Inflation is growing in many emerging markets, and a battle is brewing between the US and these countries. The US doesn't seem willing to budge on its current economic path, while the emerging markets are reluctant to allow their currencies to appreciate. Economics Professor, Mark Thoma, takes a closer look at this battle in his blog post below.
Tim Duy notes rising concern about inflation from hawkish central bankers in Europe and elsewhere, and the tension that is building "as emerging markets fight the Fed":
Inevitable Inflation Fears, by Tim Duy: The Wall Street Journal is reporting that ECB head Jean-Claude Trichet is turning increasingly hawkish:
Inflation fears—fueled by spiraling food, oil and raw material prices—are mounting around the globe, prompting the head of the European Central Bank to signal that it could raise interest rates in the future even though some countries have been weakened by the Continent's debt crisis.
In an interview with The Wall Street Journal ahead of this week's annual meeting of the World Economic Forum in Davos, Switzerland, Jean-Claude Trichet warned that inflation pressures in the euro zone must be watched closely, and urged central bankers everywhere to ensure that higher energy and food prices don't gain a foothold in the global economy…
An interesting development in light of the ongoing (or is it never ending?) European Debt Crisis. Rate hikes will just be adding insult to injury for the peripheral nations already struggling with a debt-deflation spiral. The price for being part of the Euro just keeps getting higher.
Inflation fears have yet to grip the Federal Reserve, for good reason. Back to the Wall Street Journal:
While high unemployment and spare capacity are restraining underlying inflation pressures in the U.S. and elsewhere in the developed world, annual inflation in China is almost 5%—and a sizzling 9.8% economic growth rate in the fourth quarter triggered fears of more price pressures ahead. Inflation in Brazil is even higher.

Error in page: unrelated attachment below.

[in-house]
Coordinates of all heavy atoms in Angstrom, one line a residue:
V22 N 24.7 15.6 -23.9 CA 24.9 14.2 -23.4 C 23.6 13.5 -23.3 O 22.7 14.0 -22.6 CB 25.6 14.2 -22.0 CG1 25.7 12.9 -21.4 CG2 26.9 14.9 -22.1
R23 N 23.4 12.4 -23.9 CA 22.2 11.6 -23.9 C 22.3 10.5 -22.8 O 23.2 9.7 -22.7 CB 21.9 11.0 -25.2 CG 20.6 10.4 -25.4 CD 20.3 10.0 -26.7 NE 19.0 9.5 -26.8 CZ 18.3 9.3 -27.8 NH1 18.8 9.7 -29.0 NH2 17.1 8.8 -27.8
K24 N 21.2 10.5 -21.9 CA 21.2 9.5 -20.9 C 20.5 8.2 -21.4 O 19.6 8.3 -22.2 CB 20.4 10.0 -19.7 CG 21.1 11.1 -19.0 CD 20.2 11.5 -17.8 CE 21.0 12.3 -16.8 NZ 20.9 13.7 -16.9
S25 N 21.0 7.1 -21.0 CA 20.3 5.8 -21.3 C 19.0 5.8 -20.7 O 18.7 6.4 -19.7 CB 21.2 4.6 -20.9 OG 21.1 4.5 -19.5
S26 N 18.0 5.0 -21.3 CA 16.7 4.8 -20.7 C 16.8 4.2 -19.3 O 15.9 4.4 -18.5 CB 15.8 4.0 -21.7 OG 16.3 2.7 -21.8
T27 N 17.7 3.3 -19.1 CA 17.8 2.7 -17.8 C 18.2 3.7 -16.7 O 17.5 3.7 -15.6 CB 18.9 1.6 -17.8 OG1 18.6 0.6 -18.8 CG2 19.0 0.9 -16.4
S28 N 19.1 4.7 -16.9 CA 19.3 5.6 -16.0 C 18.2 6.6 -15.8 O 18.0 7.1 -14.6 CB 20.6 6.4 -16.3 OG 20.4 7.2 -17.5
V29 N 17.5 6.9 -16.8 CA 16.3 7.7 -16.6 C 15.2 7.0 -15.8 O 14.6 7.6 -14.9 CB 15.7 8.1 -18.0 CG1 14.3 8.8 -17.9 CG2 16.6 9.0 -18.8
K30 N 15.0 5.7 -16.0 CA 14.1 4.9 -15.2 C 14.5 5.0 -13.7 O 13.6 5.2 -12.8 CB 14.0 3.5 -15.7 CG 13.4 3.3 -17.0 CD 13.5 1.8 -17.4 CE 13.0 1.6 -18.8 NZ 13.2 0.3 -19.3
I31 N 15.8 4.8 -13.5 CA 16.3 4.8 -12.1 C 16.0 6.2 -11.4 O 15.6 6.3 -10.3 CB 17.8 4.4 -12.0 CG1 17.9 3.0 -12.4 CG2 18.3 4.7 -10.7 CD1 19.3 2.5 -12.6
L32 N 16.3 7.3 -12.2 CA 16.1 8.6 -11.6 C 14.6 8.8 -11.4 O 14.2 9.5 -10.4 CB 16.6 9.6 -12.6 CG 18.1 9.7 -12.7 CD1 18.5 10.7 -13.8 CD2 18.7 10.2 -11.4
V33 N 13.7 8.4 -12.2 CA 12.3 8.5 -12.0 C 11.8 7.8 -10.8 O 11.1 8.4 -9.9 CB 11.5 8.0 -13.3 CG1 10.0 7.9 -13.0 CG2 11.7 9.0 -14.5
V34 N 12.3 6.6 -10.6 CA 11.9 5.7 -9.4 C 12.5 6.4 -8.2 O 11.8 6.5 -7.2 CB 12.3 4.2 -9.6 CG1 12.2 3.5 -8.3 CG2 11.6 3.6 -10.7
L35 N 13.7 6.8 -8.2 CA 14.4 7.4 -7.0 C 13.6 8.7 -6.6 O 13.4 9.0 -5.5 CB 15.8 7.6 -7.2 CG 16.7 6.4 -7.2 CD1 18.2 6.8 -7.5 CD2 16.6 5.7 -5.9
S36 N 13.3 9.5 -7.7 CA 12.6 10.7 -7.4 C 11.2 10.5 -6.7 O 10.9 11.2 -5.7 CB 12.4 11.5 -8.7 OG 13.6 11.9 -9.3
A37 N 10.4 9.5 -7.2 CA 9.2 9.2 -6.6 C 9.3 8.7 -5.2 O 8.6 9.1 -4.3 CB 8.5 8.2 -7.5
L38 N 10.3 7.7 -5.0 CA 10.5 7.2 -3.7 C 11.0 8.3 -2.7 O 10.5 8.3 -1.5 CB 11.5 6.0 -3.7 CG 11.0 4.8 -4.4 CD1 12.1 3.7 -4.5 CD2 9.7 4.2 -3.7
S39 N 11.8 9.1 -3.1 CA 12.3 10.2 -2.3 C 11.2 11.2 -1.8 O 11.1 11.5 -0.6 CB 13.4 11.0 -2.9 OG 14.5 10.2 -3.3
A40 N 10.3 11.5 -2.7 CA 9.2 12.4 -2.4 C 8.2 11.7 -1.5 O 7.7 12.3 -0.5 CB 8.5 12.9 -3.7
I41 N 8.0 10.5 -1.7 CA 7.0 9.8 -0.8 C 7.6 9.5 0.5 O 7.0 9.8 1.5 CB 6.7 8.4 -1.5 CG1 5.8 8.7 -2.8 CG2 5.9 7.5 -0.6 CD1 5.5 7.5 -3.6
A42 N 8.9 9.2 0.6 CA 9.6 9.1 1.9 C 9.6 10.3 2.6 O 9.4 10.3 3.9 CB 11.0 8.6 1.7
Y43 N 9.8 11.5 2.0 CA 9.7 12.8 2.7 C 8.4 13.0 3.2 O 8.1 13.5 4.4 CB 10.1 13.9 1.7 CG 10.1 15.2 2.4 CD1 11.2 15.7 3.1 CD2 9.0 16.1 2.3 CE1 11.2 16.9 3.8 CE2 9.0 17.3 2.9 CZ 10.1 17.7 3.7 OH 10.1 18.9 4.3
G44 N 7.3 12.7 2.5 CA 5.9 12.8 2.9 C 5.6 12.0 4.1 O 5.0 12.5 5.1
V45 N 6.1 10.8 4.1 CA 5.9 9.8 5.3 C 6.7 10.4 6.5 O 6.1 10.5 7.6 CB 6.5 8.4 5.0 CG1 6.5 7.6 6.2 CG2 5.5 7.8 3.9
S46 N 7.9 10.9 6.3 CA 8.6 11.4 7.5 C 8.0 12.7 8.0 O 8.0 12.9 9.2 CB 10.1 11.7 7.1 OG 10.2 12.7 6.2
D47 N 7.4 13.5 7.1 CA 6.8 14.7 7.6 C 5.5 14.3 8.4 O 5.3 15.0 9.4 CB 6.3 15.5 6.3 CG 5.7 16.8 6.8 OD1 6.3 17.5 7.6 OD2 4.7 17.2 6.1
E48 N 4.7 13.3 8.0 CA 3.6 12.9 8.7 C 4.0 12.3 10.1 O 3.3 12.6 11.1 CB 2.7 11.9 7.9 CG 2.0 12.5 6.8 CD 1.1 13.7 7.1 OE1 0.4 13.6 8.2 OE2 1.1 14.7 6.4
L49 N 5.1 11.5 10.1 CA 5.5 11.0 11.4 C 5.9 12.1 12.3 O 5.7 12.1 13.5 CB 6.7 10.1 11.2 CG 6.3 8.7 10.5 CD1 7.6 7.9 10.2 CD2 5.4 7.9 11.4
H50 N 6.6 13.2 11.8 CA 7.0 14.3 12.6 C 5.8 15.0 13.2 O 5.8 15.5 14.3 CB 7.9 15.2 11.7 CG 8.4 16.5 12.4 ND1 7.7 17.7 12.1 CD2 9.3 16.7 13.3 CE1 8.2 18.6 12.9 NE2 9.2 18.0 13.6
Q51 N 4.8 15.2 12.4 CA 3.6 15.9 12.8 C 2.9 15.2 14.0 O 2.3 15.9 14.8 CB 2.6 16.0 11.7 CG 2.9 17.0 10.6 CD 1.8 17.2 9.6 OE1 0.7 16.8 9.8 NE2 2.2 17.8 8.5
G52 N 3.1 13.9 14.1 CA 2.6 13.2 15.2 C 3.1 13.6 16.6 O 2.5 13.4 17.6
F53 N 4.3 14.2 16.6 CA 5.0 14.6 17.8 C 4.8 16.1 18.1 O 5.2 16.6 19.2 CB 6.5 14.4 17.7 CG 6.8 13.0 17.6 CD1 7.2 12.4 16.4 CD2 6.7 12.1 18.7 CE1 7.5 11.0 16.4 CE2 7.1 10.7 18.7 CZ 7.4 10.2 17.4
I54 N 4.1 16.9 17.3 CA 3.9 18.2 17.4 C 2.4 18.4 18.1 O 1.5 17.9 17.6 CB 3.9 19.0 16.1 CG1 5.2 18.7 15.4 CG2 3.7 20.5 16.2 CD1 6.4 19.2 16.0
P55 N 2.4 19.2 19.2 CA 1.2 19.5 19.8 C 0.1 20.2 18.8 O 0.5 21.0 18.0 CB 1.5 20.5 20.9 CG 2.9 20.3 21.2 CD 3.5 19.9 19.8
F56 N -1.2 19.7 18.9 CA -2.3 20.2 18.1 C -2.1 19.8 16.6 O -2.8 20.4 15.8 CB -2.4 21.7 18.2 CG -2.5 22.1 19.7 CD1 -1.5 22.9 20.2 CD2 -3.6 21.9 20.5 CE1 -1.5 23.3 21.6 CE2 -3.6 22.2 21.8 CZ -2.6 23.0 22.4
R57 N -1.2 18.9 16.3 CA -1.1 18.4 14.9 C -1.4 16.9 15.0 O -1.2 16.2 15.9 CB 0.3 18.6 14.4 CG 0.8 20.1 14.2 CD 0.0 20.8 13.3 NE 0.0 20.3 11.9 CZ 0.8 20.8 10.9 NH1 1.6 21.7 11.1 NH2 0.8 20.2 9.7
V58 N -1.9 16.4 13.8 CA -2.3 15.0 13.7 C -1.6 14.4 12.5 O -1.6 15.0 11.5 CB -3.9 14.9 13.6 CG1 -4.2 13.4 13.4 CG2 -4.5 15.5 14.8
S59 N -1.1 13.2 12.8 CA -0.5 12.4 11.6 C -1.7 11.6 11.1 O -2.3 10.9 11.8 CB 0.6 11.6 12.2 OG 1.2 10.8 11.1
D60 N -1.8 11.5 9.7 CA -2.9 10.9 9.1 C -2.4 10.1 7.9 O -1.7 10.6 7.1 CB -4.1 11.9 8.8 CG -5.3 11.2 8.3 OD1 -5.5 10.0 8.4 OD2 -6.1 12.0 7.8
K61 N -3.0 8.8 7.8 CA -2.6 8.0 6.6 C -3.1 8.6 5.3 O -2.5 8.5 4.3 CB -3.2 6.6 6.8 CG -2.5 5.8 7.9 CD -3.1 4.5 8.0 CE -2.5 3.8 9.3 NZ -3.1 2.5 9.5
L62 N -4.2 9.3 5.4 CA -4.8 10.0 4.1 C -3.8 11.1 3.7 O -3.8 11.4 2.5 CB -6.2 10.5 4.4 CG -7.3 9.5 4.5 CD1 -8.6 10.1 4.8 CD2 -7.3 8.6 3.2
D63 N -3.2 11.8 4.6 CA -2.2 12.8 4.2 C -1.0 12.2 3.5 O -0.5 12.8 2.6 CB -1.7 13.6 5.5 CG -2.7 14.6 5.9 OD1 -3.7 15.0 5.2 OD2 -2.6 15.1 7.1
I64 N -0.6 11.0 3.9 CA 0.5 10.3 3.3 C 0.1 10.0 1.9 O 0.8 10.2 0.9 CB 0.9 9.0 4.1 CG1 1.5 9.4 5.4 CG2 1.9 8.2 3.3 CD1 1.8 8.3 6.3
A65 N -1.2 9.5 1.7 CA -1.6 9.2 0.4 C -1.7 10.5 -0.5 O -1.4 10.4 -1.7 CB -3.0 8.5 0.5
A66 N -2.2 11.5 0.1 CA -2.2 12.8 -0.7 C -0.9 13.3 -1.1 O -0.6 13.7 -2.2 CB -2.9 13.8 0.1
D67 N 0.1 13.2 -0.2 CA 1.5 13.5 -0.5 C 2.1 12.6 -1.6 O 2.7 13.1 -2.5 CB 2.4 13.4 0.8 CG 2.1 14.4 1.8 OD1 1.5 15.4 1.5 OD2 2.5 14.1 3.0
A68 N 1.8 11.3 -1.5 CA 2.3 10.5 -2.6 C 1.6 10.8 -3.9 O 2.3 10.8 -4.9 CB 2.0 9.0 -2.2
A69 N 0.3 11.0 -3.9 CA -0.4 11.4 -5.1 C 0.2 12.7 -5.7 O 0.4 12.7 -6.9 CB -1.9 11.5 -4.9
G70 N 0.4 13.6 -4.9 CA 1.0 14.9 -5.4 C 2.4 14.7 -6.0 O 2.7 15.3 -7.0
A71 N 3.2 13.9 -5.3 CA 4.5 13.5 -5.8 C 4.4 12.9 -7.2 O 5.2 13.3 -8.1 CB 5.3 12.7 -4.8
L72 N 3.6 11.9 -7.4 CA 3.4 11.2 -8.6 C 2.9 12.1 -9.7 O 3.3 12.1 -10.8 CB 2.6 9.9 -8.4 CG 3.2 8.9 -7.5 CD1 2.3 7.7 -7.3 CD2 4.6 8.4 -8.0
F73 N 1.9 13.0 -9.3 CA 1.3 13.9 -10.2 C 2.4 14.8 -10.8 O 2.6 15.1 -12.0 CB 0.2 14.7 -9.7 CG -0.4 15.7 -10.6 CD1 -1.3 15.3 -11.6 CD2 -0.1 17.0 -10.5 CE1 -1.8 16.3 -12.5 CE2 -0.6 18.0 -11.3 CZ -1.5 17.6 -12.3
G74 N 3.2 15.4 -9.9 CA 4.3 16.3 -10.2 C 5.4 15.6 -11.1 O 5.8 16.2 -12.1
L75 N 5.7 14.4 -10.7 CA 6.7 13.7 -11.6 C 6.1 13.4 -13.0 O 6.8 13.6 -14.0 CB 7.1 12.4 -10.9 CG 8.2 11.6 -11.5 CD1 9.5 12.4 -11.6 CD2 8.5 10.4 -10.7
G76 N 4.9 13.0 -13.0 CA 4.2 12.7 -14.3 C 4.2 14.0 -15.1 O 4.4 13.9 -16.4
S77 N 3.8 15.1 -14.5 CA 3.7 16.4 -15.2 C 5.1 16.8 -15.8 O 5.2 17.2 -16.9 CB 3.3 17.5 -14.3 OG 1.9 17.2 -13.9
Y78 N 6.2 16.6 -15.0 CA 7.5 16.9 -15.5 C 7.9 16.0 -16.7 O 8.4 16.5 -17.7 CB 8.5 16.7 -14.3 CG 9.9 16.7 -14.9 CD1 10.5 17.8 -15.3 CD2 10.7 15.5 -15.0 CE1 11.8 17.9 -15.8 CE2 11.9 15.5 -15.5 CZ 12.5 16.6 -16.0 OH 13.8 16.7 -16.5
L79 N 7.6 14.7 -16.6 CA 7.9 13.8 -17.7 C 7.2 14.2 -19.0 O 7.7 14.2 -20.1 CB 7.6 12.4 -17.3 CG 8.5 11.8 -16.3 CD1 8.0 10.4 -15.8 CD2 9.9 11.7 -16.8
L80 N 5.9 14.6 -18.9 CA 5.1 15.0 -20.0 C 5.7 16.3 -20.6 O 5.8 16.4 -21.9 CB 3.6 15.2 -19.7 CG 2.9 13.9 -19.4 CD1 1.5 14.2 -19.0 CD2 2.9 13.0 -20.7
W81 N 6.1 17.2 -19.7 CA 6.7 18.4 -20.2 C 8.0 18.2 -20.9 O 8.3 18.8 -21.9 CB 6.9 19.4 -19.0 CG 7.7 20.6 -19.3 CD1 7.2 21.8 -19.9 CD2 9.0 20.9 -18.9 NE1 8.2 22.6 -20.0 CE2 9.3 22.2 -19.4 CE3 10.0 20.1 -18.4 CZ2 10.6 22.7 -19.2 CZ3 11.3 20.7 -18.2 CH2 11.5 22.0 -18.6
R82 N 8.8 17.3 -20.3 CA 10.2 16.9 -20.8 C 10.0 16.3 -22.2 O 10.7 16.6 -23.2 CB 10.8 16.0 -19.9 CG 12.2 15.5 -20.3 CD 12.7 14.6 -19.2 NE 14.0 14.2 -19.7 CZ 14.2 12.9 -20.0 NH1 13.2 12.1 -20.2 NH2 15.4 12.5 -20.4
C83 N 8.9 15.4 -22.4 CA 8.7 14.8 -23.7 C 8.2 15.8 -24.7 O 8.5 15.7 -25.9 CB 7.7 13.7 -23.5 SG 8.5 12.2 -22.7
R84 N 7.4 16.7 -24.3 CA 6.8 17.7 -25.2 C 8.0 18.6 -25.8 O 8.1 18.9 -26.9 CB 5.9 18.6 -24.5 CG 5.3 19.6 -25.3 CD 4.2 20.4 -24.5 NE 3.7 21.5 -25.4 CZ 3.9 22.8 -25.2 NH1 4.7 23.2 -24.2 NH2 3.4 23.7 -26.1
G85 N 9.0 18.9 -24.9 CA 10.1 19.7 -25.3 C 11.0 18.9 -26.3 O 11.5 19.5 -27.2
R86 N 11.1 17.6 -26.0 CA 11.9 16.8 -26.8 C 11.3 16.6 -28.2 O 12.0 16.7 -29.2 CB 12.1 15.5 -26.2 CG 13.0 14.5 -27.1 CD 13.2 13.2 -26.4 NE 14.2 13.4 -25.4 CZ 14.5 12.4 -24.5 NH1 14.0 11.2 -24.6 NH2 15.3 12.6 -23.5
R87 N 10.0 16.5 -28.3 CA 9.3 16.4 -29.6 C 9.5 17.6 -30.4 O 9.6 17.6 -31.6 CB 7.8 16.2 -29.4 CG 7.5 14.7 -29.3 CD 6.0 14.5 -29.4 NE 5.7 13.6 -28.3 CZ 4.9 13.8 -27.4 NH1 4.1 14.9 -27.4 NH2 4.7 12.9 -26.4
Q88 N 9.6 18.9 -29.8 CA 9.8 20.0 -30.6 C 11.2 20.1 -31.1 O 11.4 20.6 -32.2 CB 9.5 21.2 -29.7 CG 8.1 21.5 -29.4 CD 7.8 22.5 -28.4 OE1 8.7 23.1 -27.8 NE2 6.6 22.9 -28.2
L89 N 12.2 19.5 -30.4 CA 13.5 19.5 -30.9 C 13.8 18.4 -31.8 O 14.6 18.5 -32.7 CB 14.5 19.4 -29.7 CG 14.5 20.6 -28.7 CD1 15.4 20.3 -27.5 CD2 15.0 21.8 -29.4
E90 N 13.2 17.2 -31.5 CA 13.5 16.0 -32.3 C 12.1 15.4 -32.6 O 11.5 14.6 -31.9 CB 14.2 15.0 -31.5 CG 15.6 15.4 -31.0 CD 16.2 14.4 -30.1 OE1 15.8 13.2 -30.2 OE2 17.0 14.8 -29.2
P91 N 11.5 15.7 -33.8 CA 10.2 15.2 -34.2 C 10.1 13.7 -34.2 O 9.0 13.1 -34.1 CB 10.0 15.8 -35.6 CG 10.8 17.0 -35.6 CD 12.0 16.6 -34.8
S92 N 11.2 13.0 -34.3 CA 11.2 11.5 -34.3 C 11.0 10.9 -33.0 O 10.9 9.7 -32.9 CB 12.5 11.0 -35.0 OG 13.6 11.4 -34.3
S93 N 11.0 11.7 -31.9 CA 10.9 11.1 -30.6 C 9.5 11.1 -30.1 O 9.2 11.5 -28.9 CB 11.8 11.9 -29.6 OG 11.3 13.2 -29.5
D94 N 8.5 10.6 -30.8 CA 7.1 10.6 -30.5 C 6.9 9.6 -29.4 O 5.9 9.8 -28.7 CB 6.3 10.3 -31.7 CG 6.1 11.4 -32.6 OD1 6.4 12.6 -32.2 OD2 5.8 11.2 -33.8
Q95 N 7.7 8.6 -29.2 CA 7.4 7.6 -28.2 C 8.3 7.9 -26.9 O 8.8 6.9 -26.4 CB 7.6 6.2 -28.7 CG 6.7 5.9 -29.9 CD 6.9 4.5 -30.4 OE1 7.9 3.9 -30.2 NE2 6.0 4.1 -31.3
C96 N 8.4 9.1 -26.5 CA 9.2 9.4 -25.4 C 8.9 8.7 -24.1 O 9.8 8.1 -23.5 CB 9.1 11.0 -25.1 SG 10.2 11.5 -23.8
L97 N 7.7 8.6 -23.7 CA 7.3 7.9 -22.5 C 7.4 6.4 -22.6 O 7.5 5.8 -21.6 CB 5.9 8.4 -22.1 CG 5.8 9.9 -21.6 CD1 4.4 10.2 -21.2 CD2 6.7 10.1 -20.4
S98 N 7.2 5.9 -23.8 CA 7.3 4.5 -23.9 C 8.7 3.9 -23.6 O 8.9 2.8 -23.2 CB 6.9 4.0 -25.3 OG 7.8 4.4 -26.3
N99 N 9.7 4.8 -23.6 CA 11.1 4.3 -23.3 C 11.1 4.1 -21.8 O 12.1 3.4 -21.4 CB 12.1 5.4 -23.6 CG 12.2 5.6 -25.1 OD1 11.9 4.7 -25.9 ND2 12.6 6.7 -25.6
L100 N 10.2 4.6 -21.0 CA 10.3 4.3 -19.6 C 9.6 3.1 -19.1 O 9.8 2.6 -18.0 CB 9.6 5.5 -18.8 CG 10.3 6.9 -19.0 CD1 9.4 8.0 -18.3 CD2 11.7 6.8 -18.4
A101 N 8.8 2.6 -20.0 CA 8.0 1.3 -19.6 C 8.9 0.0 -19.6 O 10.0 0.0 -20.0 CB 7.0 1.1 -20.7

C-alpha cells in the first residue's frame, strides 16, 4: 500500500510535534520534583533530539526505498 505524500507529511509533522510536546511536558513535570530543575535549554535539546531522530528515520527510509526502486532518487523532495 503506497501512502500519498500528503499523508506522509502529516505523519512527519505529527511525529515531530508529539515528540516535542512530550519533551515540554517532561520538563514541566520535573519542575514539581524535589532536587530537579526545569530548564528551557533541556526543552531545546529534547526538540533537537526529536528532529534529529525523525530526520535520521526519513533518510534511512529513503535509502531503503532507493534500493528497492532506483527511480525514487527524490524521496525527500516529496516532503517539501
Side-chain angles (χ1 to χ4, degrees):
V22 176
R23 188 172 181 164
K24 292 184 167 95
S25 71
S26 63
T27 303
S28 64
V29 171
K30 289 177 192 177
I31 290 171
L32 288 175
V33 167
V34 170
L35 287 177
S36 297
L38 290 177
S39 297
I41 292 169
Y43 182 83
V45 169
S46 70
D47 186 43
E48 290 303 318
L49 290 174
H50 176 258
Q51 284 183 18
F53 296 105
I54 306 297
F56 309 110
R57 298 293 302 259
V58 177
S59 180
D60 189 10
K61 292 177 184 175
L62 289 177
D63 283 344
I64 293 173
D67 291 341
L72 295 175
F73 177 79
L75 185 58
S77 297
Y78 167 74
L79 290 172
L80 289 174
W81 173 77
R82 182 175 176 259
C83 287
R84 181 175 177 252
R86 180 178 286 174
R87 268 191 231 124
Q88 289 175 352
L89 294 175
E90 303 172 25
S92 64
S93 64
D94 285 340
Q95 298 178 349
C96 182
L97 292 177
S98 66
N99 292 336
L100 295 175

The next inflation crisis is not occurring in the US, as opponents of QE2 thought likely, but in the developing markets instead. To be sure, my sympathy for developing nations wore thin long ago. They will identify the Federal Reserve as the proximate cause of their problems, whereas they have only themselves to blame. Higher inflation abroad was the only outcome if the protocols of Bretton Woods II did not submit to the onslaught of QE2. And the Federal Reserve has very good reason to keep the pedal to the medal. A review of recent inflation behavior:
If inflation abroad is a problem, it is not because the Federal Reserve has set rates too low, but because emerging markets been unwilling to allow their currencies to appreciate sufficiently against the Dollar. See, for example, recent Dollar buying on the part of Brazil. See also Paul Krugman, who illustrates the clear difference in emerging and developed nation industrial production trends. Again, if inflation abroad is a problem, it is one that emerging markets need to tackle themselves.
Expect global tensions to continue building as emerging markets fight the Fed. While the Fed may identify higher commodity prices as a potential concern, policymakers are not likely to reverse course and tighten policy unless higher commodity prices push through to core inflation. Such an outcome appears unlikely given persistently high unemployment. Consider too that the likely outcome of rising commodity prices is to slow US growth, thereby decreasing the odds of pass-through to core.
I have said this before – I do not see how this ends well. Given that the Fed is not likely to back down from this fight, emerging markets need to put the brakes on their internal inflation issues, the sooner the better. Otherwise they will be facing pain of a real inflation crisis, one that requires stepping on the brakes even harder. How this story unfolds this year will determine of the global economy can transition to a sustainable, balanced growth trajectory, or plunges into yet another of the seemingly all-too-frequent crises.
This post was republished with permission from The Economist's View Blog.
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